Joshua Sukoff on Unsplash.

This piece was written by Jessica Carpenter from BridgeUSA, which AllSides rates as Mixed. Read more about Mixed ratings here.

On Thursday, the White House hosted a "United We Stand" Summit to counter the “corrosive effects of hate-fueled violence on our democracy”. The event brought together local leaders, civil rights organizations, experts and community groups, with an emphasis on communities that have experienced hate-based violence.

It's no secret that bridge-building is more important than ever. One in five adults in the United States believe that political violence is justified at least in some circumstances, according to a July article by The Guardian (Lean Left bias). And over half (50.1%) agreed that “in the next few years, there will be civil war in the United States, including 35% of young people who believed they may see a second U.S. civil war within their lifetimes.

As the largest youth-led organization bridging divides on college campuses and high schools, we at BridgeUSA are wary that this summit will do what it’s intended to. 

While this Unity Summit draws attention to the goal of unity and addressing political violence, it is clear that the White House’s focus in the lead up to November is the 2022 midterm elections. Whether it was the Sep 1 speech on democracy, which was perceived by many as a wholesale attack on all Republicans, or constant reminders from the White House about the threat that President Trump poses, holding a summit on unity in the middle of peak election season is poor timing and risks politicizing bridge-building. 

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Winning elections and politicizing unity do not have to be mutually exclusive ends. And the Unity Summit and the rhetoric coming out of the White House are only making it harder for Americans to actually unify. 

Don't get us wrong, there are many good initiatives stemming from this summit, including investments in local bridge-building organizations and educational institutions. However, the fact that this support was given in the wake of the midterm elections positions bridge-building as a key political issue leading up to November. Politicizing bridge-building would hurt our ability to reach certain communities and bring different voices into the discussion, including those who don’t see themselves reflected in the mission to unite our country.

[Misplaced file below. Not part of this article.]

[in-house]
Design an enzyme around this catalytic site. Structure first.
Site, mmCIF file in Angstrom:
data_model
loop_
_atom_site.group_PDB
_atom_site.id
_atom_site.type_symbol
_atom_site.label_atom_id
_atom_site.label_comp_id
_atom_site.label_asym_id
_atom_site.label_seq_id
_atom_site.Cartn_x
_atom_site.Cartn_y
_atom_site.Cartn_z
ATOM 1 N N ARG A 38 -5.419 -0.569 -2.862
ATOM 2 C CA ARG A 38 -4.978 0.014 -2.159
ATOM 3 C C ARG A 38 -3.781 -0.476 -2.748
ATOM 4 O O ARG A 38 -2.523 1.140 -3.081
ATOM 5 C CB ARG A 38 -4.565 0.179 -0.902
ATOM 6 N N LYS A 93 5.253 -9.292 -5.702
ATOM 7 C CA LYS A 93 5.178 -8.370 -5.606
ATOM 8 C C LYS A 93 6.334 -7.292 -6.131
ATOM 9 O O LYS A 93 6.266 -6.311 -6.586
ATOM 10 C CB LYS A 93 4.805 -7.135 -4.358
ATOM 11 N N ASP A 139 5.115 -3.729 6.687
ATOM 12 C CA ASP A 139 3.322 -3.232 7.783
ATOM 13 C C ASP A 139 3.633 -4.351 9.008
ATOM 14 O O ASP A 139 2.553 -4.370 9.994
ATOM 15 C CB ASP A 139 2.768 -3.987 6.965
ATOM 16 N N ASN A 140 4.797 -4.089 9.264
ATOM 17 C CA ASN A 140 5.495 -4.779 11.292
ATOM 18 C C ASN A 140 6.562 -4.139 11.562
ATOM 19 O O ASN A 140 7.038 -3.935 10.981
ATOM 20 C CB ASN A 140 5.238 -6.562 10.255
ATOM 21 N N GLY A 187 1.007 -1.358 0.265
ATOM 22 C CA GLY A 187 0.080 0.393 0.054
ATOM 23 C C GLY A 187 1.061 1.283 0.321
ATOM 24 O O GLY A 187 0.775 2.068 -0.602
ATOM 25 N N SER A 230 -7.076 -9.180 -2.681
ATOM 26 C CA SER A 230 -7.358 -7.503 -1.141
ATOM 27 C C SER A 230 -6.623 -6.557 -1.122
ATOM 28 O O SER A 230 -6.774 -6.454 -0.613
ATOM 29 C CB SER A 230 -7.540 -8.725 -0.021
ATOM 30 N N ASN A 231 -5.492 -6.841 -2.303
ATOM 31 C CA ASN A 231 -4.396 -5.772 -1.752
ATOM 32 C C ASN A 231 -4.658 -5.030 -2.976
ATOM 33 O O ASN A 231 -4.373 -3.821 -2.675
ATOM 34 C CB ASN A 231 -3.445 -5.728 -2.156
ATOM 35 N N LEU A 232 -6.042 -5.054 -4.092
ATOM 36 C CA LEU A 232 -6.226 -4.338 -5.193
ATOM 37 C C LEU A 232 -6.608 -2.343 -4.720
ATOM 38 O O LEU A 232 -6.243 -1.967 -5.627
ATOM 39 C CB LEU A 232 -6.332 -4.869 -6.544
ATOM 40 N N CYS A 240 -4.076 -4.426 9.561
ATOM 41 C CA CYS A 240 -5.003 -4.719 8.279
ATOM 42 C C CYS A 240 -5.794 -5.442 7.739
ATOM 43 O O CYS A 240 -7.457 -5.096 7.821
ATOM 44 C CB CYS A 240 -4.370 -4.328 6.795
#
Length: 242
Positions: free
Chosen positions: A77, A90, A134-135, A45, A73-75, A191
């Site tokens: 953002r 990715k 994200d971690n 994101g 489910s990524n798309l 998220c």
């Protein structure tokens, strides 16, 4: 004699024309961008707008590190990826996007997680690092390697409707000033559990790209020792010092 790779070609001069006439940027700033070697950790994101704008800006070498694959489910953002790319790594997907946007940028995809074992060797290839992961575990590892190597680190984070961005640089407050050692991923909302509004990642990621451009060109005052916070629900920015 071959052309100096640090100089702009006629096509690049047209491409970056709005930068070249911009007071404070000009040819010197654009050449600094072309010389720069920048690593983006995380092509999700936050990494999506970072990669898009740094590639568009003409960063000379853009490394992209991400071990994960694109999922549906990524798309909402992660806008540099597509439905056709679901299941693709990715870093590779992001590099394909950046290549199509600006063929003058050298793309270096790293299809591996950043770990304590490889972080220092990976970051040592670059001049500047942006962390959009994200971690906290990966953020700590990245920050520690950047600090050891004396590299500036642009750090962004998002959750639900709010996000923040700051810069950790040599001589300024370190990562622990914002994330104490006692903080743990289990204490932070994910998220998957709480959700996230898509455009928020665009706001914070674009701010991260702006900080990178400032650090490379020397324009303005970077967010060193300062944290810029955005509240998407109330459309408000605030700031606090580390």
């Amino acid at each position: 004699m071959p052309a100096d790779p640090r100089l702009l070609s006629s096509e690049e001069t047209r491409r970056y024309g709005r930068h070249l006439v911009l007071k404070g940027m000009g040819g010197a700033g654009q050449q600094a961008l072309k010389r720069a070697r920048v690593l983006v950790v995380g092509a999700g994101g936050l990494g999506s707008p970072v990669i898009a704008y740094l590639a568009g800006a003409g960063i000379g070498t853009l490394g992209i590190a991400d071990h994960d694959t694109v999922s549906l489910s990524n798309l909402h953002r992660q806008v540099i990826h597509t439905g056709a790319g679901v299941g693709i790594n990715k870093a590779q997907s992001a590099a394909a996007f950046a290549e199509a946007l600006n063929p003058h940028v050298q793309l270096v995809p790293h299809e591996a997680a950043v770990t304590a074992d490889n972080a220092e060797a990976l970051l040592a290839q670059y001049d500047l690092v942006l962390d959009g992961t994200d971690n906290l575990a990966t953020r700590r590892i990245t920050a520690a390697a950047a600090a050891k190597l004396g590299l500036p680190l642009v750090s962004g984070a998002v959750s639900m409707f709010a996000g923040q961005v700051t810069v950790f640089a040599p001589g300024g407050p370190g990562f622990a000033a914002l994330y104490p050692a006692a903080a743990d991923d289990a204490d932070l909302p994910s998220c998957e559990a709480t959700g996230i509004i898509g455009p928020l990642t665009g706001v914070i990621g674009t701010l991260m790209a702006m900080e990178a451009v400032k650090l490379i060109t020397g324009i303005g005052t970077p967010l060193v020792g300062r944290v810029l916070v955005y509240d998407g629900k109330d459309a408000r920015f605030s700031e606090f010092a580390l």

The need to heal our divisions is obvious. We can’t let the concept of bridge-building inversely make these divides worse. How do we make sure this doesn’t happen?


Making Room for Unity

As "unity" makes its way to the forefront of national politics, we must remind ourselves to be steadfast in our goal: Creating a space for Americans across the political spectrum to engage constructively, so long as they want to.

To capitalize on this moment and ensure our mission resonates within our communities we can: 

  • Emphasize the importance of listening first in our conversations
  • Encourage participants to seek out different perspectives and methods of  constructively addressing disagreement
  • Turn attention toward shared desired outcomes
  • Remind participants that the goal is not to change minds or always find common ground


It's also important that we hold ourselves and our parties accountable for mending our divides. We have a unique opportunity to practice and create the political culture we want to see. 

Yes, we must address the rise in hate-fueled violence. Yes, we must also recognize that fringe elements on the far right are valid threats to our democracy. But, let’s be nuanced in our threat assessment and create spaces that unite all Americans against all forms of authoritarianism and violence in our country. 

We appreciate that the idea of bridge-building is making its way to the national stage. We appreciate this opportunity to showcase the important work all of our organizations are doing. But bridge-building is not an initiative of one political side over another. We must use this moment to show Americans that bridging is possible, what the benefits of engaging are, and the potential of our communities doing it together, regardless of political party. With more eyes on this movement, what we do and how we embody "unity" is important for dictating the success of our work.

BridgeUSA is a largest and fastest multi-partisan student movement fighting polarization in colleges and high schools across the nation. Through their college and high school chapters, BridgeUSA students are standing up for a politics that rewards empathy and dialogue over division and anger. Learn more about BridgeUSA.

This piece was reviewed and edited by Henry A. Brechter, AllSides Managing Editor (Center bias).